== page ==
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D.C. after dark is a blazing beauty

At 8 on a recent summer's eve, a small group of people gathered on the steps of the Capitol to watch the setting sun paint the sky in hues of dark blue and vivid pink.

The sinking of the sun set off a chain reaction. Floodlights snapped on along the National Mall. The Washington Monument, between the Capitol and the Lincoln Memorial, was one of the first buildings aglow, floodlights training up the great obelisk's length. In back of it, looking like a miniature Greek temple, the Lincoln Memorial shone stark white.Dan Bailes, who owns a video production company and lives in the Capitol Hill district, stood at the top of the Capitol steps. "This is a show I never get tired of," he said, gazing upon the Mall.

It's easy to see why.

The city becomes a blazing beauty as the buildings that make up the district's skyline light up. Lit by thousands of lights, Washington becomes a truly illuminated city.

The Mall, so busy that afternoon with visitors scurrying between the National This Museum and the National That Museum, becomes tranquil at this hour. Joggers find their paths clear of tourists, most of whom have vacated the city's core via the subway to slumber in nearby hotels. But to the patient traveler, the city is just beginning to reveal another, softer, dimension.

Though most of the museums close their doors at 5:30 p.m., one need not set foot indoors at night to appreciate what the buildings hold. The ornate ceiling of the Capitol's rotunda, for instance, is lighted during the evening and can be seen through the long windows of the building's dome.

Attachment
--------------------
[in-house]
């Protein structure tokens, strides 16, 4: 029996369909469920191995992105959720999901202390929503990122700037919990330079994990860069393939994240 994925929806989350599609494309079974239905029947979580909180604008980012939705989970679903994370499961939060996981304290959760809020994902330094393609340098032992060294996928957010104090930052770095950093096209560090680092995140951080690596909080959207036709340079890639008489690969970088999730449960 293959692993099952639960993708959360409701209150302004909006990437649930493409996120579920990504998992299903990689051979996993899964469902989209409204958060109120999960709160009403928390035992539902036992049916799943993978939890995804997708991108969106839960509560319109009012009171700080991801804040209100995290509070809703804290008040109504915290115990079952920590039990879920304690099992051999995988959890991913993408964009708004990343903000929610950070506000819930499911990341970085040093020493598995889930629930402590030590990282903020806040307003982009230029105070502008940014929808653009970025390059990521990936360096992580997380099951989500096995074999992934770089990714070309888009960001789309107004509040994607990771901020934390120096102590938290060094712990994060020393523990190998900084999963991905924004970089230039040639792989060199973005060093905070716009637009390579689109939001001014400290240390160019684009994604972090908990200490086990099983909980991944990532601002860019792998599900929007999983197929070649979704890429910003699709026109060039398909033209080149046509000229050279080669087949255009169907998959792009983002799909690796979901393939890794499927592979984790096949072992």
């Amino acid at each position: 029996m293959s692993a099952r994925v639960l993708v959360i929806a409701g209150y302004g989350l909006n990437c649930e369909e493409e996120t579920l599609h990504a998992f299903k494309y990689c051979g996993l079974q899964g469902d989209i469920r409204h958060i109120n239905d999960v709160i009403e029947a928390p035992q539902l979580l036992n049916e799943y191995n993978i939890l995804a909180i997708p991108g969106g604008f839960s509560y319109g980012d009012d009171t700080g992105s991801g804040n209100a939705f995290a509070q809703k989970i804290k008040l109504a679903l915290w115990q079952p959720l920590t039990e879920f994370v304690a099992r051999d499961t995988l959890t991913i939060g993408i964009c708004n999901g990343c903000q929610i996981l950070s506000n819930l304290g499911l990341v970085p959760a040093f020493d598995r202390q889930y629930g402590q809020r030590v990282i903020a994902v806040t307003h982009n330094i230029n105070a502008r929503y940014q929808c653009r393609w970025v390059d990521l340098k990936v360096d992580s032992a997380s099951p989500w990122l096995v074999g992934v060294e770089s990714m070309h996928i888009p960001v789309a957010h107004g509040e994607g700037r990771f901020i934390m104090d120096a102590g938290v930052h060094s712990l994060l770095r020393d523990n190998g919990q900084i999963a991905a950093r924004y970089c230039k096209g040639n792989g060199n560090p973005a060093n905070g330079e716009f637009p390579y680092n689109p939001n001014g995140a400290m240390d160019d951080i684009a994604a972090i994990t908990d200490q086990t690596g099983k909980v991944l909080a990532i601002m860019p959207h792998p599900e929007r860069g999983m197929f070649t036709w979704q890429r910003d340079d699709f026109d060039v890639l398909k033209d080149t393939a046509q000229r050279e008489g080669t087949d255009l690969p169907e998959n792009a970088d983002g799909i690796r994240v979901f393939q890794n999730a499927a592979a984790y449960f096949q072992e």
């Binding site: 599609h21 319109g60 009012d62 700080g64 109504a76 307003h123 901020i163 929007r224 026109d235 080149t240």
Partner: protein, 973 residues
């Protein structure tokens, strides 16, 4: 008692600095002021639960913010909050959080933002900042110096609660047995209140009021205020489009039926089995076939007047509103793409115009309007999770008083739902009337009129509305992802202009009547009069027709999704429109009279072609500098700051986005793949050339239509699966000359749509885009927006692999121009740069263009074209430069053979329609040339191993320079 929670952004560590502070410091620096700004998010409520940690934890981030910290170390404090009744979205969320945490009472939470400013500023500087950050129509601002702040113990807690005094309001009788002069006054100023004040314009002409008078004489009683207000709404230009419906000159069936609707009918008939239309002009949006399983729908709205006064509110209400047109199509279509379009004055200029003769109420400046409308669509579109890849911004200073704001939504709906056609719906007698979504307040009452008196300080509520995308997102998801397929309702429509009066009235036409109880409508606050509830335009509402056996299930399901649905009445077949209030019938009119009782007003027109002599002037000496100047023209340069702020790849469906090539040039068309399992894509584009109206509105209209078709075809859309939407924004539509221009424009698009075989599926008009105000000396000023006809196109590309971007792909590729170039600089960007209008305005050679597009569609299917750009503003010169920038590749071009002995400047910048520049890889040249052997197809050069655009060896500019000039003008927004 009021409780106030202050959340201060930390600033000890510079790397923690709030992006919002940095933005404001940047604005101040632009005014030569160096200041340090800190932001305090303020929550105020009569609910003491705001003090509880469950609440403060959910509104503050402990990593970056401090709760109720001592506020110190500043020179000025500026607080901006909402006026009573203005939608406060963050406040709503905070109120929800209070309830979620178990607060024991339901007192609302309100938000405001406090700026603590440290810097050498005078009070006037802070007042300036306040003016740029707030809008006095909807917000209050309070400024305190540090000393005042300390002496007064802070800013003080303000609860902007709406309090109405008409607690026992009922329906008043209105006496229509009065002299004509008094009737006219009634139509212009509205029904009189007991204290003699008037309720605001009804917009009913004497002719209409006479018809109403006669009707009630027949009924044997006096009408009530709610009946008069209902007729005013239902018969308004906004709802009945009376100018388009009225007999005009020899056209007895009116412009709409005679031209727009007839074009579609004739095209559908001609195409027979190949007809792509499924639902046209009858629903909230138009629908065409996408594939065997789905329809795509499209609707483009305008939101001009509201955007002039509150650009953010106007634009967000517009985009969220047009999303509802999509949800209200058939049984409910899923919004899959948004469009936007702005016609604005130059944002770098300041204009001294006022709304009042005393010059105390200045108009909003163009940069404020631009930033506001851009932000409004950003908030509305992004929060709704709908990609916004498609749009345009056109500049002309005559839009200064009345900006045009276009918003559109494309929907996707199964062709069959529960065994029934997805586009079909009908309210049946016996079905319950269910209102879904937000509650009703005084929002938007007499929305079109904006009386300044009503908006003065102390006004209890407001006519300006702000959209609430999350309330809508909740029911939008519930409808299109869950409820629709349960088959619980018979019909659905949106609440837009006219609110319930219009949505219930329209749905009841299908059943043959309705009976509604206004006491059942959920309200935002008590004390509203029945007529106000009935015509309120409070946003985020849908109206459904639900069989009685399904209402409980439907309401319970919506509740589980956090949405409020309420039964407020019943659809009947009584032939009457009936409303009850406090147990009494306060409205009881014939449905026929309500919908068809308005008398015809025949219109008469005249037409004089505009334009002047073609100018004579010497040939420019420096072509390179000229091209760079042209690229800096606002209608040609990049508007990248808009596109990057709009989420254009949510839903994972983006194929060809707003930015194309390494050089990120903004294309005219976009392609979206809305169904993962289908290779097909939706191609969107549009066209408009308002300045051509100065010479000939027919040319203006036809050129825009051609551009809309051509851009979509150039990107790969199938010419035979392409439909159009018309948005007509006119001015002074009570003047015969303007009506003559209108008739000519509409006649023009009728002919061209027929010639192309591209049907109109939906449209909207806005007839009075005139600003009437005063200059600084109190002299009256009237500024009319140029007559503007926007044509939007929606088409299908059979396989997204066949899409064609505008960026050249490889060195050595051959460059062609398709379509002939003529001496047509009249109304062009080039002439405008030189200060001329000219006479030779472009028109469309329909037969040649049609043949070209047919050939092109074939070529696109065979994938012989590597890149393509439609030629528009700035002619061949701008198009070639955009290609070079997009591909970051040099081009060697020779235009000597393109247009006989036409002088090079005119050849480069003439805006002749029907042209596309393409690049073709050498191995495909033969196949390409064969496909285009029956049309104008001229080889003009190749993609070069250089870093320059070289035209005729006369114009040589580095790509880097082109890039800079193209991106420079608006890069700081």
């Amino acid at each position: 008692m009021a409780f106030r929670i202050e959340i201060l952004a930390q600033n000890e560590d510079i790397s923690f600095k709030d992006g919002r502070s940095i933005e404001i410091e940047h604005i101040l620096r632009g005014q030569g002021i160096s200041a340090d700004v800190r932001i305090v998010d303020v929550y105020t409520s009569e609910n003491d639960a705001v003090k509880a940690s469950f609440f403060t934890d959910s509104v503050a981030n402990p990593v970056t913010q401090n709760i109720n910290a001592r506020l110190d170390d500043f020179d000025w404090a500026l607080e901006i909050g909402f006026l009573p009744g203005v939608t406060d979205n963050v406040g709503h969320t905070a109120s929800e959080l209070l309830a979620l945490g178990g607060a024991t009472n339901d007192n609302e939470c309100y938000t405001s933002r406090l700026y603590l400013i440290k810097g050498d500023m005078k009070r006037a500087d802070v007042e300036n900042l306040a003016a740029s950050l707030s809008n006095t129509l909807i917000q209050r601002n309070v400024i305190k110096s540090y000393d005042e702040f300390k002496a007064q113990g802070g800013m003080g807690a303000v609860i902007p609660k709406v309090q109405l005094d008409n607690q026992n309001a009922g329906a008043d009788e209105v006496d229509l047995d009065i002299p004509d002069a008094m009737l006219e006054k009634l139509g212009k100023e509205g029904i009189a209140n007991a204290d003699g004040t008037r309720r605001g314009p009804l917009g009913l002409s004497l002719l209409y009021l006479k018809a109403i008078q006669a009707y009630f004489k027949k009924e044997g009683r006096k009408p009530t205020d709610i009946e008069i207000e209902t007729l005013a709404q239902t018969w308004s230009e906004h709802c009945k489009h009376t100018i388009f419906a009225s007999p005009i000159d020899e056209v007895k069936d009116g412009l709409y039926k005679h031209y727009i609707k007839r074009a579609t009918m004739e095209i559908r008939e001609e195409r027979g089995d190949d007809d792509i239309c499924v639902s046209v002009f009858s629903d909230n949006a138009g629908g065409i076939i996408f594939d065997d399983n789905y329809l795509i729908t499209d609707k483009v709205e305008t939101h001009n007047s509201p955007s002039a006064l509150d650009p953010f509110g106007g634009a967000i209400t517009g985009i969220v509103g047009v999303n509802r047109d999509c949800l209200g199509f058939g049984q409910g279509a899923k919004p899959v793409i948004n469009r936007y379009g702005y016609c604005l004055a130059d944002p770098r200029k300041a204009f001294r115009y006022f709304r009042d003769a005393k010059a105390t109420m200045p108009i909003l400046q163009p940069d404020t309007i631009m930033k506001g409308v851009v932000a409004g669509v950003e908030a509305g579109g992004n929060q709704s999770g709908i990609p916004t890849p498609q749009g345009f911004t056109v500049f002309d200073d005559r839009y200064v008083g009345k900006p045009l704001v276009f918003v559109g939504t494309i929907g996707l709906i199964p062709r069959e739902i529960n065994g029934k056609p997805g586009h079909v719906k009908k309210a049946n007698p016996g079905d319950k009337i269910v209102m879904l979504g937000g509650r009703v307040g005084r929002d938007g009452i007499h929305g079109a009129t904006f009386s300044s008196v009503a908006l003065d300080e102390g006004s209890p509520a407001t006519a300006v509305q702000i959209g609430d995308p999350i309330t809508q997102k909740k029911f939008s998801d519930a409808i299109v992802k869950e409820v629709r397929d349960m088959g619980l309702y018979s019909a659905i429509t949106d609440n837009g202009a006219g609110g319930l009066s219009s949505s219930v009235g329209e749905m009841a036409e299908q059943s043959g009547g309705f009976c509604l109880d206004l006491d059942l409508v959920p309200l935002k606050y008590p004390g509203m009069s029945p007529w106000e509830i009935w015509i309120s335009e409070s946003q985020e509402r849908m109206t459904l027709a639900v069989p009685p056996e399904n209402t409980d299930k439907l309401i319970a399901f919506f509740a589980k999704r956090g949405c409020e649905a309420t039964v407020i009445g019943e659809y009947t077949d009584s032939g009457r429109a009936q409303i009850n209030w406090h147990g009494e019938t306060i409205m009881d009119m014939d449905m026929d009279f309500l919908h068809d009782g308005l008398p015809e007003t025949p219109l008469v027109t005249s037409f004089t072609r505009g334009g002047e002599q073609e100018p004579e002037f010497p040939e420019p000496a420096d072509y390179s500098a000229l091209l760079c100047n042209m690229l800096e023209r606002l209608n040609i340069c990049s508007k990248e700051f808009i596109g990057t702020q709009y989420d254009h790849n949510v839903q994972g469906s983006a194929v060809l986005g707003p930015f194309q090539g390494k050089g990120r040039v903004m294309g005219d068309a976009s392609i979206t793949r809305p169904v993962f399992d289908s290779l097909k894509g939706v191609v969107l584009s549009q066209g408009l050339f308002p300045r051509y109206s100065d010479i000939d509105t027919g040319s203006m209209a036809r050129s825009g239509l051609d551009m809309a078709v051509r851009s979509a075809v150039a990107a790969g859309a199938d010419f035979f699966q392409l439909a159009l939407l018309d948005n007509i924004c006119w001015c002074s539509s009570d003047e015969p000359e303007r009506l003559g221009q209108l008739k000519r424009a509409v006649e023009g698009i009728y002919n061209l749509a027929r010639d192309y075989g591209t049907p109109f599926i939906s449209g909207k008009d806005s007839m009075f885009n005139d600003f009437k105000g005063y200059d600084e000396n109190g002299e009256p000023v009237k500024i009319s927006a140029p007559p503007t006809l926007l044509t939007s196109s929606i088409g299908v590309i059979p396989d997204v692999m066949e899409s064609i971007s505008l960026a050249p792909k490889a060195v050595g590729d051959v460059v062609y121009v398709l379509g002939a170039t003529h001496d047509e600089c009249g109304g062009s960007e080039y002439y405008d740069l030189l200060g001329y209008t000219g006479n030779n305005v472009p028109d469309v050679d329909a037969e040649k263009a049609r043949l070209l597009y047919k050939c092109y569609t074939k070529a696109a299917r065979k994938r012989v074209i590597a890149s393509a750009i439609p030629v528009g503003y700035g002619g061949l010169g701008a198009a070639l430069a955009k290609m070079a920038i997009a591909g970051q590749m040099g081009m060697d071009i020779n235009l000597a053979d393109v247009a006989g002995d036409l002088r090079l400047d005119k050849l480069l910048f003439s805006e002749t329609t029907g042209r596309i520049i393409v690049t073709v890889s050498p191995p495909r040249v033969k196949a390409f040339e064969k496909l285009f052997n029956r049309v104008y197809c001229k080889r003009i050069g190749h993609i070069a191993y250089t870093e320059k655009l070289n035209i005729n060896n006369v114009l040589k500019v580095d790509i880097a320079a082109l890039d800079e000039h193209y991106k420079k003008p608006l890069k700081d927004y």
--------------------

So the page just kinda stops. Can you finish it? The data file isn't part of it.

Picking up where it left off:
Nearby on Capitol Hill, the Supreme Court Building - so imposing by day - becomes even more monumental at night. Washed in stark white light, its columns soar high above the building's steps to vanish in the milky shadows that cling to its triangular roof.

Several blocks away, Union Station is abuzz with nocturnal activity. The cavernous Beaux Arts-style building is easy to visit at night, thanks to the Metro subway stop within it.

A recent renovation breathed life back into Union Station and the area surrounding it. Besides the subway stop and an Amtrak station, the place holds about 125 shops, including the Nature Company, a Victoria's Secret and, appropriately, The Great Train Store, which sells everything from shot glasses with trains etched in them to videotapes on steam engines.

Union Station's Metro Concourse holds about 30 international fast-food restaurants as well as a nine-screen movie theater. You can get everything from a fresh pastry to a taco here, wash it down with one of a variety of international beers, then head for the movie theater to catch the latest release.

Its Main Hall, with its soaring 96-foot barrel-vaulted ceilings, boasts a good selection of restaurants and cafes. Among them is America, which spreads itself over two levels and offers an extensive menu of dishes brought back from across the United States. You'll find muffalatas, a New Orleans specialty, as well as such common fare as pork chops and mashed potatoes.